Written and directed by Michael Haneke
Haneke assigns Code Unknown the subheading of “incomplete tales of several journeys,” an apt accompaniment given the fragmentary nature of the film. Certain scenes stop and start abruptly, many without any sort of establishing shot or concluding narrative signal; the vignettes, in their singular, isolated presentation, do feel occasionally incomplete. But as the stories gradually evolve amidst a montage of spatial and temporal shifts and character (re)introductions, a larger world begins to form. Spanning diverse locations over an indeterminate period, Haneke paints a broad multicultural picture, one that has as its basic grounding a preliminary sequence introducing the primary characters, from there branching off to side stories providing prior and succeeding context.
Juliette Binoche plays Anne Laurent, an actress who one day runs into Jean (Alexandre Hamidi), the younger brother of her war correspondent boyfriend, Georges (Thierry Neuvic). After going their separate ways, Jean callously tosses some trash at Maria (Luminita Gheorghiu), a vagrant sitting on the sidewalk. Amadou (Ona Lu Yenke), a Malian immigrant, sees the offense and confronts the boy. They fight, the police are called, and Anne takes Jean while Maria and Amadou are arrested; she is deported to Romania and he is harassed though subsequently released. From this initiating action, the film follows each of the characters as they deal with the direct and more subtle repercussions of the incident.
When Anne first encounters Jean, he says he tried to get into her apartment but the code was changed, and when he tried to call her, all he got was her answering machine. Like the averting of this intended communication, Code Unknown is concerned with connections both missed and made. Haneke charts these people and the way they interact as perceptively as he covers the places they inhabit. In choosing to film in long, single takes, with the actors’ movements dictating the direction of the camera more so than any sort of strictly ornamental design, he shows a world that vividly comes alive as any given scene unfolds. As the main characters come and go, interacting with their surroundings, this uncut stylistic choice allows us to also witness others around them, and we are invited to consider the stories of these strangers as well, especially those in the more populated public places (an original title for the project was, in fact, “Strangers”). There are often those who, though on the periphery of the primary narrative, nevertheless make an impression. Some are up to no good, others want to do the right thing; one scene with Anne on the metro shows both facing off. As the full significance of those to whom we are introduced is not necessarily clear at first—their back-story, motivations, and personality traits only developing as the film continues—we find ourselves uncertainly drawing conclusions of character. Much like those in the film, we identify features and inferences based on our own assumptions and even prejudices. Anne’s occupation as an actress is a symbolically revealing one, giving the implied suggestion that she, like everyone else, is essentially playing a part in a larger drama. Think of Shakespeare’s As You Like It: “All the world’s a stage, And all the men and women merely players; They have their exits and their entrances, And one man in his time plays many parts, His acts being seven ages.” The parts here, and their respective scenes, range from the dramatic (Anne hearing apparent child abuse) to the banal (she does so while ironing), the two often mingling as in life.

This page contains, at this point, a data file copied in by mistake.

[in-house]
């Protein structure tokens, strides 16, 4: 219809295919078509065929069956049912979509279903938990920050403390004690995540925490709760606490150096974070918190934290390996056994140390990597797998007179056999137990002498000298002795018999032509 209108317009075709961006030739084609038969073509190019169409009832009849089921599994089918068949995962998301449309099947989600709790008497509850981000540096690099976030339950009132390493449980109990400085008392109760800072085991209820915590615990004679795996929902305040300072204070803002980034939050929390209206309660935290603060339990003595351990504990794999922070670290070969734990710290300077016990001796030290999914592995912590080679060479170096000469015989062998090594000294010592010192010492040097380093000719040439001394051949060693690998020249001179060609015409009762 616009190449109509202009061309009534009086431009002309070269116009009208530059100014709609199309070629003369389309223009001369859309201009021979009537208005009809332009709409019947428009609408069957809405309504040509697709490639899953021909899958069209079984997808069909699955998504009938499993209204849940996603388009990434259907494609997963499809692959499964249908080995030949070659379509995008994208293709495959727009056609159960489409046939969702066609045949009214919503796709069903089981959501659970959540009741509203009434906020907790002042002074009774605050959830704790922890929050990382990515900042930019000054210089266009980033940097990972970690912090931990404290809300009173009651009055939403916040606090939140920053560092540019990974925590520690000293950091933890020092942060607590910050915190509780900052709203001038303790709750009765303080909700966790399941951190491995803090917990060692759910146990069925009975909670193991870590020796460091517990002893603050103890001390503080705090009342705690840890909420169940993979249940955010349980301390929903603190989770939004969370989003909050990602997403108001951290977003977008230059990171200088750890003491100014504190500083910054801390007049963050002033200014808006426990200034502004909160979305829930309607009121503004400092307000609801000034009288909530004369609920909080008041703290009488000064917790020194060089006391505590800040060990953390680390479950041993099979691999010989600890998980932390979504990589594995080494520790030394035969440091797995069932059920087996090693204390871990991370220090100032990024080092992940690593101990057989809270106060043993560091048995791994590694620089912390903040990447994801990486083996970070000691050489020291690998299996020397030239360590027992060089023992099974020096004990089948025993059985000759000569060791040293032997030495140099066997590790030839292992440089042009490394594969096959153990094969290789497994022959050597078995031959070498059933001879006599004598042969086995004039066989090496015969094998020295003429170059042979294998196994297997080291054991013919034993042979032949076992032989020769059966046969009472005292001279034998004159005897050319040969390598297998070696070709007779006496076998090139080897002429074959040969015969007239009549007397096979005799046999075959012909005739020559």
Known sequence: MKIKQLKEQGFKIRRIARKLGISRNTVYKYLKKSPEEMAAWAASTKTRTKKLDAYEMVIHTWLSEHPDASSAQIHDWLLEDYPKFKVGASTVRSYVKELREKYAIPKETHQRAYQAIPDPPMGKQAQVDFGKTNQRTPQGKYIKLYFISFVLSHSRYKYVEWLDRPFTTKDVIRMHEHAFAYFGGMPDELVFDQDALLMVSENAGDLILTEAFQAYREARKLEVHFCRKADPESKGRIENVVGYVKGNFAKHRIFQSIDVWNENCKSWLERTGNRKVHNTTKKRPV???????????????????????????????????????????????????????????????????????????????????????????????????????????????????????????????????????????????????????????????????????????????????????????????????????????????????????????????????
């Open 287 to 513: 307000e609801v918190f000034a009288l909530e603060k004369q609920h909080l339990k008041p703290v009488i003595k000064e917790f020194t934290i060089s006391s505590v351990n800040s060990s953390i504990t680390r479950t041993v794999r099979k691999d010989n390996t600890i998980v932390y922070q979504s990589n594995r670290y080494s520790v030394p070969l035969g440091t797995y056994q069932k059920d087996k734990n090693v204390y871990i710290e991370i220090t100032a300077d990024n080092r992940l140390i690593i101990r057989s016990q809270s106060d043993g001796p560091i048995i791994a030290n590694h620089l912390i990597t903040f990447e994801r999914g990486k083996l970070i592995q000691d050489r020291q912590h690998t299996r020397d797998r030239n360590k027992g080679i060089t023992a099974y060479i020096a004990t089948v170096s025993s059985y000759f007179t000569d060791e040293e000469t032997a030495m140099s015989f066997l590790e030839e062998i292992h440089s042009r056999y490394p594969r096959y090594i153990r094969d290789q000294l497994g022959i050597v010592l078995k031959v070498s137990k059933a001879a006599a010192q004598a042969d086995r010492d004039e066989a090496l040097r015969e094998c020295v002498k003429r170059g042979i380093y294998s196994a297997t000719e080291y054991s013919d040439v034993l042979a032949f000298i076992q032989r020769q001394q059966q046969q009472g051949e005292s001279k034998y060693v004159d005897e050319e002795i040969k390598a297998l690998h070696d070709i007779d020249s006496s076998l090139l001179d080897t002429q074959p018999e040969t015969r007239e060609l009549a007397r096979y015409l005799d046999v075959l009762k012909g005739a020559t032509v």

With its expansive structure, Code Unknown looks at the respective issues of both adults and children, and in its surveying fragments, we see lives marked by moments of minutia and downtime and moments of great anxiety, from plowing a field to attending a funeral, and everything in-between. There are those who live lives of relative comfort versus those who live lives of hardship and struggle. In this film that brings together multiple points of view concerning Europe’s immigrant culture, Haneke, who was himself making his first feature outside his native Austria, is also examining the impact of diversity, in terms of cultural, economical, and generational collision. In classic Haneke style, it’s not always a pleasant merger, but it is chaotically realistic (though he does call the film his “mildest”). And as per his norm, Code Unknown achieves its emotional potency due to a steadfast simplicity, a direct presentation of behavior with all its blemishes. As much as his camera may give the spectator the impression of observational objectivity, however, several of the characters find themselves in conflict over whether or not they should get involved in the problems of others; should they stand up for one who has been wronged and defend the innocent, or should they sit back and disengage from the troubling world? The “code,” then, could also be the unclear rules that govern a society, the shared conventions that influence and guide behavior. Jean may have been disrespectful, but should his actions be necessarily countered by violence? That’s not the answer either. So what is? As the title of the film suggests, that code is unknown.
This type of multi-character, multi-leveled narrative is a somewhat familiar construct, but one with endless variations. And under Haneke’s continually clever direction, the result is one of the most formally audacious and ambiguous attempts at such a character-driven mosaic. As with Funny Games three years prior, Code Unknown was nominated for the Palme d’Or at the Cannes Film Festival. Though it would lose out to Lars von Trier’s Dancer in the Dark, it ultimately came away with a special Prize of the Ecumenical Jury and further established Haneke as a major figure in the world of international cinema.